One of the best investments I ever made in my basic skills
was learning to touch type thirty years ago (yes - on a typewriter). Admittedly,
being the only (geeky) boy in the class, I was somewhat intimidated by the dozen
girls in the class; but a mere 20 hours investment, has been worth tens of
thousands in terms of a real payback. There are many other basic skills which
we tend to neglect but are critical to our engineering careers and personal
lives. Obviously, you do need solid engineering expertise and skills in which
to perform your job competently. From welding, to power system protection relay
settings to electrical design and designing a PLC program. But these basic
skills, listed below, can make an enormous difference to you in your day-to-day
engineering work. Read on to see what these other basic skills are (not
necessarily in any priority order):
Manage your time ruthlessly. Each day, write down an
updated list of tasks with strict deadlines and work through them in priority
order (esp. the unpleasant ones).
Capture your environment by photo-graph-ing powerfully. How
many times have you had to take a top class photo of a substation, control
system installation, project or piece of equipment and wondered if you were
providing the best picture ? There are two simple steps to ensure a great photo-graph
from even the most amateur photo-grapher:
– most good photo-graphs adhere to the “the rule of thirds”. Imagine the frame
of your photo is split into thirds both horizontally and vertically. Position
the elements of your photo-graph long these lines. i.e. the horizon would sit
on either the bottom or top horizontal line and the subject would line up with
one of the vertical lines.
to ensure a good shot ensure the subject in the foreground is lit to the same
F-stop (light exposure) as the background. i.e if your subject is in the shade
or has the sun behind them. Fill flash will be required to give the correct
Basic bookkeeping. How many times have you looked at
a project costing and wondered whether it has been realistic (esp. software). Always
be super conservative and underestimate sales revenue and overestimate costs. Assume
costs will hit you immediately and sales revenue will come in a lot later. Ensure
you can read a simple Profit and Loss and Balance Sheet. Ensure your real
assets are “real” (e.g. not software worth $40m sitting on the balance sheet
but in actual fact - worthless); and you know the true extent of your
liabilities. Finally, remember in your personal and business life, that Cash is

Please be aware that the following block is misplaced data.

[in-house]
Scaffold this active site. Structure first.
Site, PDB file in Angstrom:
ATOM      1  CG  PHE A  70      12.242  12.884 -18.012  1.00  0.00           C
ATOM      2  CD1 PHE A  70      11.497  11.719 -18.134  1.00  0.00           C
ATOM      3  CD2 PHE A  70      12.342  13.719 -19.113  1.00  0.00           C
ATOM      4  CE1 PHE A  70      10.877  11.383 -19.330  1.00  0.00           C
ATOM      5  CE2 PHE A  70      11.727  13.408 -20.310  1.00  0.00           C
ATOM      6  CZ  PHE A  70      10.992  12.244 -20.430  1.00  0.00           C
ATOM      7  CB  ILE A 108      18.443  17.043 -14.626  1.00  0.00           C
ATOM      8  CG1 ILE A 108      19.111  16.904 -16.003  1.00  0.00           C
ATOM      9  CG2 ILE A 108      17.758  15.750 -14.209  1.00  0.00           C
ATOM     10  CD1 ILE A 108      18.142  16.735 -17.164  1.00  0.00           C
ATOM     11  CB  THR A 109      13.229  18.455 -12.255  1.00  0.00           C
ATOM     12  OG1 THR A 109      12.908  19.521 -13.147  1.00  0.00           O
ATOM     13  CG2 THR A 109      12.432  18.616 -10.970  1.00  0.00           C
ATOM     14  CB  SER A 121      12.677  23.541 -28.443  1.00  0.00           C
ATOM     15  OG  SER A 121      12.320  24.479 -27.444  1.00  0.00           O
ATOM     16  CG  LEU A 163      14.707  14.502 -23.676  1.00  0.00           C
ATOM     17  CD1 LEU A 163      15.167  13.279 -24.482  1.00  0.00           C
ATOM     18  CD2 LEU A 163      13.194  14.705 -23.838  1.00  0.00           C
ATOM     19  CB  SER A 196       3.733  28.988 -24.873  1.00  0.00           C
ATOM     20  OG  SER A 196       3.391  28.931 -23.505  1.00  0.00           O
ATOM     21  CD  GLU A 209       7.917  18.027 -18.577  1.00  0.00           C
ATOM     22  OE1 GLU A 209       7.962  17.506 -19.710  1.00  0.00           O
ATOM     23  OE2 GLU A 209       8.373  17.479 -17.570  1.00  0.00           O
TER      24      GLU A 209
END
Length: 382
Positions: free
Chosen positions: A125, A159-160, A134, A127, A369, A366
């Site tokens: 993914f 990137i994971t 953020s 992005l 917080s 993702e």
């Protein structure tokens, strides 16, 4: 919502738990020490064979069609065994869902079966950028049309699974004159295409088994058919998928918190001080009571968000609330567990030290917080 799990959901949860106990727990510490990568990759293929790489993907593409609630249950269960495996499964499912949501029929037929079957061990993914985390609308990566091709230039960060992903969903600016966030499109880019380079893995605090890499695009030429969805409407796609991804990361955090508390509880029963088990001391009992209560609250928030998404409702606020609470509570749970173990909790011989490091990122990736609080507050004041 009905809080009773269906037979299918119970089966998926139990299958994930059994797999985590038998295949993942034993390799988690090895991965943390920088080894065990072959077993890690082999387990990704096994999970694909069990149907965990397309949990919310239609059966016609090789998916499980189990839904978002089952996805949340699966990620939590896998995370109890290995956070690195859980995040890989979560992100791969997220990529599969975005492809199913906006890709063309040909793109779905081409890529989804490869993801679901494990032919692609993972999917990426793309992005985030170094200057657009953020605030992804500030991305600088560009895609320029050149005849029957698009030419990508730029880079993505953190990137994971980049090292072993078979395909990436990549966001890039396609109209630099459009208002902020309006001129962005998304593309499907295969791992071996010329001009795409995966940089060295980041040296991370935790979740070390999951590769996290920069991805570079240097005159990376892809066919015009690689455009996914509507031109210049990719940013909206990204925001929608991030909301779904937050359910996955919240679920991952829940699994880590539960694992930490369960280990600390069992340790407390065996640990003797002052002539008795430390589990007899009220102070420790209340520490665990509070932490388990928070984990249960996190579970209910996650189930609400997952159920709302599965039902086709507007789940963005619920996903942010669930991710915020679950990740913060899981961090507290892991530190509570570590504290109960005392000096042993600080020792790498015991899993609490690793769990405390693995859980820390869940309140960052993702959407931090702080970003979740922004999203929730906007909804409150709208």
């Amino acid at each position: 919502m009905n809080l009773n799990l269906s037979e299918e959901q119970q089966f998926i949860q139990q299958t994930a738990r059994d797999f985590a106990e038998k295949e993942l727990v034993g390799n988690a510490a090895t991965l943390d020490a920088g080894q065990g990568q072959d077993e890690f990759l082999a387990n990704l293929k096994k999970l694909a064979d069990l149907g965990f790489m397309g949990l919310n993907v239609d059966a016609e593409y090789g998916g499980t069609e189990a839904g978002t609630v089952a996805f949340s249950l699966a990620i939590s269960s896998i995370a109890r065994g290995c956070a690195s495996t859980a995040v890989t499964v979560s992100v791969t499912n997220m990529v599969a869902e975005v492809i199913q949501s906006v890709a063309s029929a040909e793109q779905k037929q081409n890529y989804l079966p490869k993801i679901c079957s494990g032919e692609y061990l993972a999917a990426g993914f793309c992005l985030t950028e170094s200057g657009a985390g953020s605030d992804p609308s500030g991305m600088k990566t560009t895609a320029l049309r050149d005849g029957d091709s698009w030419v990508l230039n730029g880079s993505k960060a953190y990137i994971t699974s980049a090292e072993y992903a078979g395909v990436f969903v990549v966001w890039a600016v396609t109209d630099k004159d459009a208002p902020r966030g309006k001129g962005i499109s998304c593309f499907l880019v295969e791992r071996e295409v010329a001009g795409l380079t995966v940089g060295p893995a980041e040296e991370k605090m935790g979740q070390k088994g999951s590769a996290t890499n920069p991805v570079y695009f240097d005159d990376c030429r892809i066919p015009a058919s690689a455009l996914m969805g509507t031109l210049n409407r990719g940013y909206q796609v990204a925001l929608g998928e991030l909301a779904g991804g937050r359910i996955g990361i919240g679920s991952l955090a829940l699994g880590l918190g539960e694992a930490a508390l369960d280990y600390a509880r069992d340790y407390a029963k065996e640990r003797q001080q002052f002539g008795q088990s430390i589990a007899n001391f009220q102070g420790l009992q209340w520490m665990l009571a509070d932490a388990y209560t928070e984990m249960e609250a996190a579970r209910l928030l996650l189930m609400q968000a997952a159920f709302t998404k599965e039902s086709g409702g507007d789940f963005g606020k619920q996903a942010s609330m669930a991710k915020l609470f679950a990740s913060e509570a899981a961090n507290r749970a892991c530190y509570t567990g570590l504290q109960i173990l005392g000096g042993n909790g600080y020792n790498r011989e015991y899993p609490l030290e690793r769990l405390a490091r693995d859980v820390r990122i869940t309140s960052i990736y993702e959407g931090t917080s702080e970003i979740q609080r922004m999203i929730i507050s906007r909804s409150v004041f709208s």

King. No matter how much the reported profits are; the key to your project and
firm is always (sadly) availability of immediate cash.
Negotiate effectively. Much to the horror of my kids
(all Y-Generation), I reckon I conserve $3000 to $4000 per year by negotiating
for everything from fruit, veggies to a computer to circuit breakers for a project.
You should try this. Always make it a win-win for both parties in negotiating
and give the other person a reason to give you a discount. Try and look for a
lateral thinking solution where you can exploit assets the other person may
have but which don’t cost them anything (but are worth a lot to you) to throw
into your “deal”.
Write simply and powerfully. Write in simple English
and keep it short and powerful. Avoid big clumsy words. Use digital graphics,
sketches and photos which are so easily produced these days and integrated into
your text to add life your words and make the whole document easier to
Make simple but powerful presentation. I am not
referring to clever animations and gimmicks but simple presentations which are
understandable. I was surprised by a presentation on surge protection (by
someone who shall remain nameless) where they brought in a ton of equipment to
demonstrate to a very interested group of 60 odd engineering professionals, but
didn’t explain in simple English what they were planning to do with the
demonstration, what they were doing and what actually happened. Result: a
complete waste of an exercise. Speak to your audience in simple English and
assume nothing in terms of understanding. Don’t lecture but chat to them with
passion and enthusiasm.
These are all basic skills but an investment in these skills
will make you hundreds of thousands of $, make your professional and personal
life so much more interesting and satisfying.
Can you think of any others that I have left out that
have made an impact on your life ? Let me know and I will highlight your
comments to everyone else.
When acquiring knowledge and skills, we always need to
ensure we get the right ones. As Alec Bourne so rightly remarks: It is
possible to store the mind with a million facts and still be entirely
to the inimitable Arna Holmes for her suggestions on photo-graphy.
Yours in engineering learning